“The world will not evolve past its current state of crisis by using the same thinking that created the situation.” ~ Albert Einstein
We are off to an exciting start to the new academic year here at the Beeck Center. Over the past month, we have hosted two incredible open houses where we welcomed hundreds of amazing new and returning students, faculty, and staff. We are extremely motivated and inspired by the energy around the work of the Center. We are equally thrilled by the year ahead, including the following educational experiences that we hope you will take advantage of this fall:
- Social Movements in the 21st Century (Oct. 20, Nov. 3 and Dec. 1): Georgetown students and alumni are invited to participate in this interactive, four-part seminar led by Paul Schmitz, author and former national CEO of Public Allies, about social movements and civic engagement in the 21st Century. The first class took place on September 29th, and we encourage Georgetown students and alumni to register here for the other seminars.
- Lean Startup Workshop with the MSFS (Oct. 17): Students, alumni, and faculty will learn about the Lean Startup Method and how to apply this methodology to address business and social challenges through this experiential, hands-on workshop.
- Technology in Our Lives (Nov. 5 – 6): In November we are hosting a one-and-a-half day Socratic seminar on the role of technology in our lives and future trends in civil society. Led by Visiting Scholar Dr. Hollie Russon-Gilman and myself, this seminar will prepare the next generation of leaders to think critically about technology’s role in public policy and civil society. The seminar is open to current Georgetown undergraduates (Juniors & Seniors), graduate students, and alumni. Space is extremely limited so we encourage applicants to register soon.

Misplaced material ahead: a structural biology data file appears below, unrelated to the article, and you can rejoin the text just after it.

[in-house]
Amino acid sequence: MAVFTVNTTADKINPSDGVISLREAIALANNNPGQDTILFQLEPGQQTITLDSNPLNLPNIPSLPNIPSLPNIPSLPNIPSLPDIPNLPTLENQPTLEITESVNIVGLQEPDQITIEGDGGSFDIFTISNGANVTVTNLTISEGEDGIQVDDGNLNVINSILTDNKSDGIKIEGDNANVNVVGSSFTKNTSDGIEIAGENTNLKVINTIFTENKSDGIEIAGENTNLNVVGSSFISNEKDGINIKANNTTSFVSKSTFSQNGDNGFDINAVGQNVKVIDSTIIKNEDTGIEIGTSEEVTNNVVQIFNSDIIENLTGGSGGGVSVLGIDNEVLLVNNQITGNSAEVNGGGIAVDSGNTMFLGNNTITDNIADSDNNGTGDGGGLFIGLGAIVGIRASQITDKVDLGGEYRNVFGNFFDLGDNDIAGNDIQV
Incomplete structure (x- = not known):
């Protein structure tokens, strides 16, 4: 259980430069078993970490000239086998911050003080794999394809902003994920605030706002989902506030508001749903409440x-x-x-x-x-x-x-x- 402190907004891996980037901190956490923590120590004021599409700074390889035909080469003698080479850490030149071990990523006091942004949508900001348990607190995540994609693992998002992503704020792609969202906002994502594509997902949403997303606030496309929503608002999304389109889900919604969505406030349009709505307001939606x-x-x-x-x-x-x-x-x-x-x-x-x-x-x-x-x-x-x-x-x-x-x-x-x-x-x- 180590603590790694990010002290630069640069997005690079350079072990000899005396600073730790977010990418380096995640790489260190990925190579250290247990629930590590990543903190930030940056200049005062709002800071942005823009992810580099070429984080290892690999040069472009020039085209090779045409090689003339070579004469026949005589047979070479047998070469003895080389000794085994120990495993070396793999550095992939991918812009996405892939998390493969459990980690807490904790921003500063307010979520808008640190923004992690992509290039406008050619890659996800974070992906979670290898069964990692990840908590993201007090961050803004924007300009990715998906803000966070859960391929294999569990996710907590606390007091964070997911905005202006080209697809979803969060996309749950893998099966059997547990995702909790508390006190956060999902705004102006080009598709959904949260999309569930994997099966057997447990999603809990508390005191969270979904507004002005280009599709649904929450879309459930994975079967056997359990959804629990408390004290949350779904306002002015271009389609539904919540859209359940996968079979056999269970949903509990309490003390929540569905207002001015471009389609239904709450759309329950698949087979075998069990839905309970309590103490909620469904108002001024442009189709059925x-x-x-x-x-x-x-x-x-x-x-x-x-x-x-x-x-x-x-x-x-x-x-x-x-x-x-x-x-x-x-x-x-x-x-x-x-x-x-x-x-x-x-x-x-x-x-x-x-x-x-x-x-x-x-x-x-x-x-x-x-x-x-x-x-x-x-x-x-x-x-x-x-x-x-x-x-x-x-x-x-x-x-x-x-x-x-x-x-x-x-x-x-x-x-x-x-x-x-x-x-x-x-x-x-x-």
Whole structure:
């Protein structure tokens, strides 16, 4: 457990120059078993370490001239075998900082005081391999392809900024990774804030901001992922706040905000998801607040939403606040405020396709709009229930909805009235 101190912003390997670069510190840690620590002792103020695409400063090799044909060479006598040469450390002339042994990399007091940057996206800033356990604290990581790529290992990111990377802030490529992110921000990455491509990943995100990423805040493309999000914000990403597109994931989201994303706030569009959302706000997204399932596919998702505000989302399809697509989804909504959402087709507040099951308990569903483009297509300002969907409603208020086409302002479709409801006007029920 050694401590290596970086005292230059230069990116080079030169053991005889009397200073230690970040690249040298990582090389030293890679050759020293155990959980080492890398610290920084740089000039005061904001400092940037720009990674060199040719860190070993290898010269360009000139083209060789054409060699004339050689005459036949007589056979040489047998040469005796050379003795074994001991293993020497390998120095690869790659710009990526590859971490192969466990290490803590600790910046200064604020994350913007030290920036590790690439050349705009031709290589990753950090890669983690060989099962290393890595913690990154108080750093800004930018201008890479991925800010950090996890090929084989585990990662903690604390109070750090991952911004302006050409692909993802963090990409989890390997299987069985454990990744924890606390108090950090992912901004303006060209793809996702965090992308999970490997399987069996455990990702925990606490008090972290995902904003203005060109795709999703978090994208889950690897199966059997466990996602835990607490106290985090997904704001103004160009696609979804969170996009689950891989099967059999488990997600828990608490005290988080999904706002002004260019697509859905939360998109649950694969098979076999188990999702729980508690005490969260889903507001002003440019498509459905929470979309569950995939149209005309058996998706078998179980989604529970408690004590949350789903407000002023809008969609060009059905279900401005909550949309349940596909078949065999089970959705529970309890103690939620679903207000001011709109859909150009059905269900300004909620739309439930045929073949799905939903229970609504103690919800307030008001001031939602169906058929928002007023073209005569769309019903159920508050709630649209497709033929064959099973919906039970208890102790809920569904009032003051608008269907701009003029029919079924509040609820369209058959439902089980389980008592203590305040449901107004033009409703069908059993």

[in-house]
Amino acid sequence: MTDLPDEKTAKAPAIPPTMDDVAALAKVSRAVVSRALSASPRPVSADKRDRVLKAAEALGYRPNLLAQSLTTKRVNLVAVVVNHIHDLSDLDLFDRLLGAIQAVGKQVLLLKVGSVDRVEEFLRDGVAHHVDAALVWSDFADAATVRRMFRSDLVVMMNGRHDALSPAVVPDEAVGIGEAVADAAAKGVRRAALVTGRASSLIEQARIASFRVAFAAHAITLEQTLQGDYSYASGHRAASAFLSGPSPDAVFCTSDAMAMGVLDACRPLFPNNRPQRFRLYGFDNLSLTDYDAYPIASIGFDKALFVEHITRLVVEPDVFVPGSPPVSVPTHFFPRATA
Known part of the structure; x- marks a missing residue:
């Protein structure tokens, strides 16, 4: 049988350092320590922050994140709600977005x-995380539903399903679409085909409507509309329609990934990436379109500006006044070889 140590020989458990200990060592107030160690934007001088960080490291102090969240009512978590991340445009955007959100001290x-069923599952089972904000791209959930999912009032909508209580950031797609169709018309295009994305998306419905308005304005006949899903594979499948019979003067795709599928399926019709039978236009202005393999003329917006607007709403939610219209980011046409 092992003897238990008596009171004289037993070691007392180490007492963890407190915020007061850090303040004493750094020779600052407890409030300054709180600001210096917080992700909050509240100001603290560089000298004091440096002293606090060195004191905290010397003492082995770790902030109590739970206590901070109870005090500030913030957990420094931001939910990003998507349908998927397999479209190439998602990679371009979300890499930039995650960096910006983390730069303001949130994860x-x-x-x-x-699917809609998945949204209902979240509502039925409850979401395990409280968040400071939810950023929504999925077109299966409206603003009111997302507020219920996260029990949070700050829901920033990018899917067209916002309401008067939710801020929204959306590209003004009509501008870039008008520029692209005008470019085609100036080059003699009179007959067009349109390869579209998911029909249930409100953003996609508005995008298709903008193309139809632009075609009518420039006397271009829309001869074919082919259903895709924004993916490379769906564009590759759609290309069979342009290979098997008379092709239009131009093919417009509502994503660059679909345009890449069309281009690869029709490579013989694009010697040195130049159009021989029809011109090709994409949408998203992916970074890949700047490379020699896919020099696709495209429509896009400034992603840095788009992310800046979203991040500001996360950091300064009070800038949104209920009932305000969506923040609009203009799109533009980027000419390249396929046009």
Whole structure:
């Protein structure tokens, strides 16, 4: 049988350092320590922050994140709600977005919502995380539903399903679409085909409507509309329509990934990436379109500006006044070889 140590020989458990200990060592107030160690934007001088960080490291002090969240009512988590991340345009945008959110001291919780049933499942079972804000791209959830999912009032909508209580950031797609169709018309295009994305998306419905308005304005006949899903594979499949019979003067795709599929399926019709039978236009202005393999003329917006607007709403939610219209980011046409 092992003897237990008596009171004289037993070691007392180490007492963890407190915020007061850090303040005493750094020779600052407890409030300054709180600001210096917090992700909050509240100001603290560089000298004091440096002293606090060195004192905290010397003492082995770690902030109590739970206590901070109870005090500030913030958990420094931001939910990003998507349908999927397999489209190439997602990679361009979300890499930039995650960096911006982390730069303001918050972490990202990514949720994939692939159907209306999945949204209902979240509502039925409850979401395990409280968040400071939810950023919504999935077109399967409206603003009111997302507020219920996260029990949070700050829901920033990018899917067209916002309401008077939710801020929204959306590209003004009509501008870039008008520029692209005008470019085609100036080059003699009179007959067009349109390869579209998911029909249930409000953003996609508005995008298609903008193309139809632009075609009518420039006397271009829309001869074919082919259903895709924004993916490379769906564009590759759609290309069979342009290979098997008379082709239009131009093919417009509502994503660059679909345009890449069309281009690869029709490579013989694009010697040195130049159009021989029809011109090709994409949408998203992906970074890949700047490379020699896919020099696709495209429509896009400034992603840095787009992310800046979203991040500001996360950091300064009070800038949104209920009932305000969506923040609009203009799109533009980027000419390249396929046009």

- City of Trees Film Screening (Nov. 16): Join us for an advance screening of the documentary City of Trees, which tells the intimate story of one community’s fight for equal access to good jobs and safe parks in our nation’s capital. Q&A to follow with the film’s director, staff, and campus partners.
We also kicked off the new school year with a sustainability visioning session led by Beeck Center Fellow Lisa Gans and Director of Engagement Liz Anderson, and hosted in partnership with the campus Sustainability Office and Georgetown University’s Student Association (GUSA). During this exciting, interactive design session, over two dozenstudents worked together to develop concrete goals and design environmental solutions for the campus. The session has already led to active engagement by students, while spurring their willingness to lead on sustainability issues across the Georgetown campus.
We had a very busy summer with the GU Impacts program, which placed 16 students in 10-week internships with for-profit and non-profit social good organizations in six different countries. Students were sent to India, China, Philippines, Nicaragua, and Peru, where they gained professional experience working with local partners to drive change and innovation on the ground. I encourage you to read the reflections from some of our students featured in this Newsletter. Please stay tuned for additional posts from our GU Impact students, upcoming information sessions, and other opportunities to connect with the program this year.